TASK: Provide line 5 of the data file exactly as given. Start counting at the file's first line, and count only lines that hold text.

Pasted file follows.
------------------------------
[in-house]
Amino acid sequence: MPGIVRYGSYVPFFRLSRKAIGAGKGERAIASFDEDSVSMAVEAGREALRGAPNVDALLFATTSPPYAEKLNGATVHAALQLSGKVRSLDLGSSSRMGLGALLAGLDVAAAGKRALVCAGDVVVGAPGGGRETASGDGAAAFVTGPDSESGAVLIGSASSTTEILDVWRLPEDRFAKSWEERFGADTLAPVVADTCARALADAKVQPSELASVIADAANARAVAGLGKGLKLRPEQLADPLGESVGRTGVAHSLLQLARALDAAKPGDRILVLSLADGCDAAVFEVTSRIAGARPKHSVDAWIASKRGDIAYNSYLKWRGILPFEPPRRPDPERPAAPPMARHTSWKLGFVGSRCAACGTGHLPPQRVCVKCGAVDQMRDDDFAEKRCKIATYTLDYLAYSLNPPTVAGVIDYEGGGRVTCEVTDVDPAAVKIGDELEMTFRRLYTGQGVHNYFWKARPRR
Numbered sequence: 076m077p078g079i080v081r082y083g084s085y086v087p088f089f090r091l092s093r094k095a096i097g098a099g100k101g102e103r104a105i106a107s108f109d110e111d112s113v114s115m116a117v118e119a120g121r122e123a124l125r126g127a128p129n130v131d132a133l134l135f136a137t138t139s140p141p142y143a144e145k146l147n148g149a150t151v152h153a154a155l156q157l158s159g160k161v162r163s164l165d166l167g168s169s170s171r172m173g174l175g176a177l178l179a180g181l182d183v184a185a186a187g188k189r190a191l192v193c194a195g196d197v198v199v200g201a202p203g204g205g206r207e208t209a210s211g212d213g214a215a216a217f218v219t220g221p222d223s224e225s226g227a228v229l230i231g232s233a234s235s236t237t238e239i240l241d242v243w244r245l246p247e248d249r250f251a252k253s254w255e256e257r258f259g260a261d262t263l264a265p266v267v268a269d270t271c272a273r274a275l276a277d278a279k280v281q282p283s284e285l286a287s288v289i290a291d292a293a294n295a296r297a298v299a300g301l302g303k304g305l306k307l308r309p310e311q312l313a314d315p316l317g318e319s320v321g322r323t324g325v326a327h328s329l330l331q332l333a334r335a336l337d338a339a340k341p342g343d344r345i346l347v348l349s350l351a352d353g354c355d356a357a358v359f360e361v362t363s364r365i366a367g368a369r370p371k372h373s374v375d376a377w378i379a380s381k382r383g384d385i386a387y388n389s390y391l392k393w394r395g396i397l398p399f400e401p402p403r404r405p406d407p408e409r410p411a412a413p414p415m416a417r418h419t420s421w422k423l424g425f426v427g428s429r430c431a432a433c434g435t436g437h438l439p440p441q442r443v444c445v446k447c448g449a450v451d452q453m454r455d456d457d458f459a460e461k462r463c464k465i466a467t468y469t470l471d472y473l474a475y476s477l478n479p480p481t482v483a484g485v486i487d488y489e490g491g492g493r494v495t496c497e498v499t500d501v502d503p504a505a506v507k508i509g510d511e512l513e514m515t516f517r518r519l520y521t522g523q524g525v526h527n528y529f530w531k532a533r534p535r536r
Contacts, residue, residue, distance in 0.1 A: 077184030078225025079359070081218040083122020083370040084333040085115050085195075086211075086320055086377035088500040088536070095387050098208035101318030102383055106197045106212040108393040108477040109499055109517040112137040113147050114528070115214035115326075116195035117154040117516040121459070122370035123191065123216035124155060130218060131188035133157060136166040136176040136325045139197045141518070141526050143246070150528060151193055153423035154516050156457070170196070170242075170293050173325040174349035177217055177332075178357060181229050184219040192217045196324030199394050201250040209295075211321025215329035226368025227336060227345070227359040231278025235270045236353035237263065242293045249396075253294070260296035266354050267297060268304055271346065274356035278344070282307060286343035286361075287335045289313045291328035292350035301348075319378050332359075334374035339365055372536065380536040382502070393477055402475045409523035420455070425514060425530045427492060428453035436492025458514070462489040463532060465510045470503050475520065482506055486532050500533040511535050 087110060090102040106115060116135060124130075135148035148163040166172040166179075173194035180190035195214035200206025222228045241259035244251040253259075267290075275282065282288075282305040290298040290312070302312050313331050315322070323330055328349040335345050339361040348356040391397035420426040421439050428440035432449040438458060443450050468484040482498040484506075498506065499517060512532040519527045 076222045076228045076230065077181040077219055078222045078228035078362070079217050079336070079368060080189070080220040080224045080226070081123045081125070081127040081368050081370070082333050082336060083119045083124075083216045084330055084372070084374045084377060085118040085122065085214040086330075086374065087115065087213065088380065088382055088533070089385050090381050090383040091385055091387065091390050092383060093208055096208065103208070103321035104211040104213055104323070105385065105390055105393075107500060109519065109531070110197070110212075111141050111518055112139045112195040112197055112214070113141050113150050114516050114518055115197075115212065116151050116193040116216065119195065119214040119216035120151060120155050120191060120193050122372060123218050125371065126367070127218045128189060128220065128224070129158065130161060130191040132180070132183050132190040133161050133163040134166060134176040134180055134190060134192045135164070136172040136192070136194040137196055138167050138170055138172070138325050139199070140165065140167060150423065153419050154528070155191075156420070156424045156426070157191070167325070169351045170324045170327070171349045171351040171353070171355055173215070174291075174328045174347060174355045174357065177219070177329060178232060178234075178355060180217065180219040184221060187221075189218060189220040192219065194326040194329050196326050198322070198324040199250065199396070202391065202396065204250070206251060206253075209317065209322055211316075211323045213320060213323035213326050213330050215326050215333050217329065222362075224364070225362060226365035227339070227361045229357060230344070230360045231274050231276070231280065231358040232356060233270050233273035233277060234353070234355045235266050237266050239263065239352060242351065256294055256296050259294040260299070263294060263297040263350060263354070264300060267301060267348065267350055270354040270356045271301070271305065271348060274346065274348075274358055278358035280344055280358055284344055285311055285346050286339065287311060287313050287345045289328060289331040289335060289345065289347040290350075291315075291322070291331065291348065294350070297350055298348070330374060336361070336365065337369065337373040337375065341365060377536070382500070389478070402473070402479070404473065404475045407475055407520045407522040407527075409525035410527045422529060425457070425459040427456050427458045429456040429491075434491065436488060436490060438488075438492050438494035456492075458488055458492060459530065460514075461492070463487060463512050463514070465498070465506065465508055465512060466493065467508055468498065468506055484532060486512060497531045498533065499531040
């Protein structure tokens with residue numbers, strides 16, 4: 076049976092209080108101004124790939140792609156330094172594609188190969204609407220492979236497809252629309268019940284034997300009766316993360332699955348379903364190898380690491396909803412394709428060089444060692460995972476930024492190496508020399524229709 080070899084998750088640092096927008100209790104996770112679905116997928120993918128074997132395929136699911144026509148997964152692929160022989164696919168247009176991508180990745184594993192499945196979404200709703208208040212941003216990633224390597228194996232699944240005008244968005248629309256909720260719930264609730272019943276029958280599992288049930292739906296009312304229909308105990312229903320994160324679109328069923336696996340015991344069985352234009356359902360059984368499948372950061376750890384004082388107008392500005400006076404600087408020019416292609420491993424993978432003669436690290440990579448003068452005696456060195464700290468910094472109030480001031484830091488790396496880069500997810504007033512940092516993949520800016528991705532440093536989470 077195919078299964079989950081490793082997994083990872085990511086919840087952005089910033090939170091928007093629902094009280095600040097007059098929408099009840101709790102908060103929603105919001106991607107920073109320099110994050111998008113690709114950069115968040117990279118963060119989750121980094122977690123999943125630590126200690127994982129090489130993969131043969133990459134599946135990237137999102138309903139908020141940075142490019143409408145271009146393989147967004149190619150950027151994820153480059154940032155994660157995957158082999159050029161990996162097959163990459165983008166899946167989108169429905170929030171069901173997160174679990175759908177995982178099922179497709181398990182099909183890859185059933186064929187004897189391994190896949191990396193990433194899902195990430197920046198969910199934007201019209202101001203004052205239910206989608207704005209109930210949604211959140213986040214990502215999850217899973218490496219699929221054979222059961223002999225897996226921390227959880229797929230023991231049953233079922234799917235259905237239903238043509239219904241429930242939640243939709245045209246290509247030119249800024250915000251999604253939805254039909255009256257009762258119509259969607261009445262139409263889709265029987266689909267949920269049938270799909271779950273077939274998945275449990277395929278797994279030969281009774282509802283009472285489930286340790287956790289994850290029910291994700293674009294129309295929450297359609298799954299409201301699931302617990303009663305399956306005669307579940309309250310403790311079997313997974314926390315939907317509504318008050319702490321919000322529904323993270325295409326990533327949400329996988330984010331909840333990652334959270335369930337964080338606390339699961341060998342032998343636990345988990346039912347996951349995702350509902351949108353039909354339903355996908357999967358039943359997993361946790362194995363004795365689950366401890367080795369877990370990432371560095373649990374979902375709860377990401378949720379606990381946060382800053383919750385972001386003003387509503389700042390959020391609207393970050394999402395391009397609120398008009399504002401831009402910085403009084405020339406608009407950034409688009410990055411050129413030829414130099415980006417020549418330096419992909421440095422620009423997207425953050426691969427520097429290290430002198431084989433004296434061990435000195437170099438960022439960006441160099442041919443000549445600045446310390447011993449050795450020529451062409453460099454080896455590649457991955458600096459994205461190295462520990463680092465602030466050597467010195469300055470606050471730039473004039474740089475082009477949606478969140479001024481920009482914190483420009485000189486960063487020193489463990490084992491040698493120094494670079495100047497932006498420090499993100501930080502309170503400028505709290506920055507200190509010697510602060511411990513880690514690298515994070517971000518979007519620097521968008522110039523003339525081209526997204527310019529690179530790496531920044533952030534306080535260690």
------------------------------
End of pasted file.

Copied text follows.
């Protein structure tokens with residue numbers, strides 16, 4: 076049976092209080108101004124790939140792609156330094172594609188190969204609407220492979236497809252629309268019940284034997300009766316993360332699955348379903364190898380690491396909803412394709428060089444060692460995972476930024492190496508020399524229709 080070899084998750088640092096927008100209790104996770112679905116997928120993918128074997132395929136699911144026509148997964152692929160022989164696919168247009176991508180990745184594993192499945196979404200709703208208040212941003216990633224390597228194996232699944240005008244968005248629309256909720260719930264609730272019943276029958280599992288049930292739906296009312304229909308105990312229903320994160324679109328069923336696996340015991344069985352234009356359902360059984368499948372950061376750890384004082388107008392500005400006076404600087408020019416292609420491993424993978432003669436690290440990579448003068452005696456060195464700290468910094472109030480001031484830091488790396496880069500997810504007033512940092516993949520800016528991705532440093536989470 077195919078299964079989950081490793082997994083990872085990511086919840087952005089910033090939170091928007093629902094009280095600040097007059098929408099009840101709790102908060103929603105919001106991607107920073109320099110994050111998008113690709114950069115968040117990279118963060119989750121980094122977690123999943125630590126200690127994982129090489130993969131043969133990459134599946135990237137999102138309903139908020141940075142490019143409408145271009146393989147967004149190619150950027151994820153480059154940032155994660157995957158082999159050029161990996162097959163990459165983008166899946167989108169429905170929030171069901173997160174679990175759908177995982178099922179497709181398990182099909183890859185059933186064929187004897189391994190896949191990396193990433194899902195990430197920046198969910199934007201019209202101001203004052205239910206989608207704005209109930210949604211959140213986040214990502215999850217899973218490496219699929221054979222059961223002999225897996226921390227959880229797929230023991231049953233079922234799917235259905237239903238043509239219904241429930242939640243939709245045209246290509247030119249800024250915000251999604253939805254039909255009256257009762258119509259969607261009445262139409263889709265029987266689909267949920269049938270799909271779950273077939274998945275449990277395929278797994279030969281009774282509802283009472285489930286340790287956790289994850290029910291994700293674009294129309295929450297359609298799954299409201301699931302617990303009663305399956306005669307579940309309250310403790311079997313997974314926390315939907317509504318008050319702490321919000322529904323993270325295409326990533327949400329996988330984010331909840333990652334959270335369930337964080338606390339699961341060998342032998343636990345988990346039912347996951349995702350509902351949108353039909354339903355996908357999967358039943359997993361946790362194995363004795365689950366401890367080795369877990370990432371560095373649990374979902375709860377990401378949720379606990381946060382800053383919750385972001386003003387509503389700042390959020391609207393970050394999402395391009397609120398008009399504002401831009402910085403009084405020339406608009407950034409688009410990055411050129413030829414130099415980006417020549418330096419992909421440095422620009423997207425953050426691969427520097429290290430002198431084989433004296434061990435000195437170099438960022439960006441160099442041919443000549445600045446310390447011993449050795450020529451062409453460099454080896455590649457991955458600096459994205461190295462520990463680092465602030466050597467010195469300055470606050471730039473004039474740089475082009477949606478969140479001024481920009482914190483420009485000189486960063487020193489463990490084992491040698493120094494670079495100047497932006498420090499993100501930080502309170503400028505709290506920055507200190509010697510602060511411990513880690514690298515994070517971000518979007519620097521968008522110039523003339525081209526997204527310019529690179530790496531920044533952030534306080535260690």